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Dublin: 3 °C Tuesday 12 November, 2019
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Want to trace your Irish family tree? It just got easier...

Catholic parish registers – rich resources for those tracing tracing Irish ancestors – are now available for free online.

Ciara Kerrigan

INTEREST IN IRISH family history is huge. More than 27,000 people visited the National Library of Ireland last year with the sole purpose of looking up the parish registers. Because of this growing level of interest, we decided to invest in community and diaspora-engagement by making the records available for free online at Catholic Parish Registers at the NLI.

Dating from the 1740s to the 1880s, the parish registers are considered to be the single most important source of information on Irish family history prior to the 1901 Census.  And indeed, in many cases, they are the only records of Irish citizens from these times.

In the 18th and 19th centuries, the majority of the Irish population were small farmers, labourers or servants. These people didn’t own their own land, they didn’t sign deeds or belong to a guild or a trade so in many cases there is no other record of their existence.

They tell the stories of communities

The registers cover 1,086 parishes throughout the island of Ireland, and consist primarily of baptismal and marriage records. However, you’d be wrong to think that they are just dry documents about births, deaths and marriages – they also tell the stories of communities and give a sense of the people who lived in a particular place at a particular time.

They are brilliant for people interested in local history and in tracing their family tree as they are a more complete source of information than indexes. Baptismal information typically includes the godparents’ names as well as that of the baby and the parents. Similarly, marriage records typically show the names of the witnesses, as well as of the bride and groom. So from this information we also get a sense of the relationships between family members, friends and the communities in which they lived.

These parish registers are the records of the Catholic Church and really, given that the time period coincides with the Penal Laws, it’s amazing that they managed to keep such a good account. Some of these registers also date from the Famine era and provide a unique resource for a time when there was huge emigration from Ireland.

In terms of historical figures, people logging onto the site will be able to look at the original baptism records of 1916 leaders Padraig Pearse, Thomas MacDonagh and Sean Mac Diarmada, as well as of Kerry-based author Peig Sayers. The marriage record of Irish republican, and housekeeper to Robert Emmet, Anne Devlin is also available to view.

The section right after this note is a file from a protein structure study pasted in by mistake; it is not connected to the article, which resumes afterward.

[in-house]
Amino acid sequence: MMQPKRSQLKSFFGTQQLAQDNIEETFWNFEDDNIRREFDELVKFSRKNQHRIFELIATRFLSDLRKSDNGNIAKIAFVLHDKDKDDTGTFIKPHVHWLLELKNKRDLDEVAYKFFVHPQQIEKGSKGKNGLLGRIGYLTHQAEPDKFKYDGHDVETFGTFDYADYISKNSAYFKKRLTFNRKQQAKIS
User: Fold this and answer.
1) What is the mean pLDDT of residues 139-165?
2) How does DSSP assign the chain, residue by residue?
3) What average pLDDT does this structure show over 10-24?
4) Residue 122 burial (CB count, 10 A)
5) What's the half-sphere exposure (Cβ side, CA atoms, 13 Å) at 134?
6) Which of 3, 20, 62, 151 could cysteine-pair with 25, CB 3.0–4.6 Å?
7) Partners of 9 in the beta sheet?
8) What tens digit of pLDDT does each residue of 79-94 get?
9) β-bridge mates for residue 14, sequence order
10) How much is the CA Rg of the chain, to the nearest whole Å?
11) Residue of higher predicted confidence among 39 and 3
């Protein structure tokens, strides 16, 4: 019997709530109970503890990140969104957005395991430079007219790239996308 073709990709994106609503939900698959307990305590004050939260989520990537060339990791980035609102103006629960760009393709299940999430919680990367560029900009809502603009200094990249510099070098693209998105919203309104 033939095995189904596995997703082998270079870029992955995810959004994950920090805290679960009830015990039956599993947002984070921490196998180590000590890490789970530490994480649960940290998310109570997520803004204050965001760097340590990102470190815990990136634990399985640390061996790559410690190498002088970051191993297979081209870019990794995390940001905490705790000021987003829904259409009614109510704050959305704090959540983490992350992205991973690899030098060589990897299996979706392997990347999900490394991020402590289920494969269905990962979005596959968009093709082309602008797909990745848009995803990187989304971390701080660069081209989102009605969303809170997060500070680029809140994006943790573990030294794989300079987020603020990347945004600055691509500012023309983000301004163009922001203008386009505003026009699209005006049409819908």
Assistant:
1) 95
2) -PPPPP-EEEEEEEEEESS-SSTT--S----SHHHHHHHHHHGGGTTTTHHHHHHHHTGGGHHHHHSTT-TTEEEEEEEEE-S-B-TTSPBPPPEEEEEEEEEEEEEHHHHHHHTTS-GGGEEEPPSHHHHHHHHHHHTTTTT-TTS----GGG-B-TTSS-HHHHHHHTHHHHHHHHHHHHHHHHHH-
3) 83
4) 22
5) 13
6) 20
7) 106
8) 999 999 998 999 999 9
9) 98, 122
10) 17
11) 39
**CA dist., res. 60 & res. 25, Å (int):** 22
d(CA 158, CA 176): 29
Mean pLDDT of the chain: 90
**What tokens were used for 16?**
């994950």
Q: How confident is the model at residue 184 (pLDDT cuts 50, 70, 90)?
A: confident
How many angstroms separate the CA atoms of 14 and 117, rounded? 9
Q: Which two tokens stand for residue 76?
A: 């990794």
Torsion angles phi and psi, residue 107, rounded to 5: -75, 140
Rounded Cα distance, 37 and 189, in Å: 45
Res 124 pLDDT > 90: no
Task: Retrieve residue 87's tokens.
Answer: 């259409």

A wonderful resource for people tracing their family history

The National Library of Ireland initially began making microfilm copies of the parish registers in the 1950s and the NLI holds microfilm copies of more than 3,550 registers from the vast majority of Catholic parishes in Ireland and Northern Ireland.

The registers start from the 1740/50s in some city parishes in Dublin, Cork, Limerick, Galway and Waterford, to the 1780/90s in Kildare, Kilkenny, Wexford and Waterford. Registers for parishes along the western seaboard generally do not begin until the 1850/1860s.

Originally, because of confidentiality issues, the microfilm records could only be consulted by NLI staff in the course of their work. All other researchers needed the written permission of the relevant parish priest before being allowed to view the register. However, members of the public have had access to the records by visiting the library since the 1970s.

The parish registers are hugely popular with people tracing their family history. Last year alone, 27,500 people visited the Library to view them, both from Ireland and overseas. That’s a slight increase on 2013 figures.

While microfilm was the gold standard of its time, for the modern user it’s a long and cumbersome process. Up until this week, anyone who wanted to view the records had to come into the Library armed with the name of the relevant Catholic parish and the relevant year. They then had to look through a list of microfilms to find the one that related to their parish, select the relevant microfilm, load it into the machine (generally requiring the help of a staff member) and then scroll through the film to find their register. There could also be multiple registers on a reel.

Now a much more user-friendly experience

While the quality of microfilm doesn’t deteriorate, there are viewing issues as magnification, brightness and contrast adjustment are limited.

It is now a much more user-friendly experience. However, as the parish registers will not be indexed, people interested in checking the register online will still need to know the name of the Catholic parish and the relevant year. Local family history resources hold the indexes and transcripts of parish registers in their local areas so we recommend that members of the public get in touch with these to help them find these details before going online.

The NLI has been working to digitise the microfilms for more than three years and 390,000 digital images of the microfilm reels on which the parish registers are recorded are now available to view.

This web-repository of parish records should transform and greatly enhance genealogy services in Ireland as it means that anyone in any part of Ireland, or the world, can download the register for free and uncover links with their ancestors.

Ciara Kerrigan is the Assistant Keeper at the Office of the Chief Herald and Genealogy, National Library of Ireland. She managed the digitisation of the parish registers.

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Ciara Kerrigan

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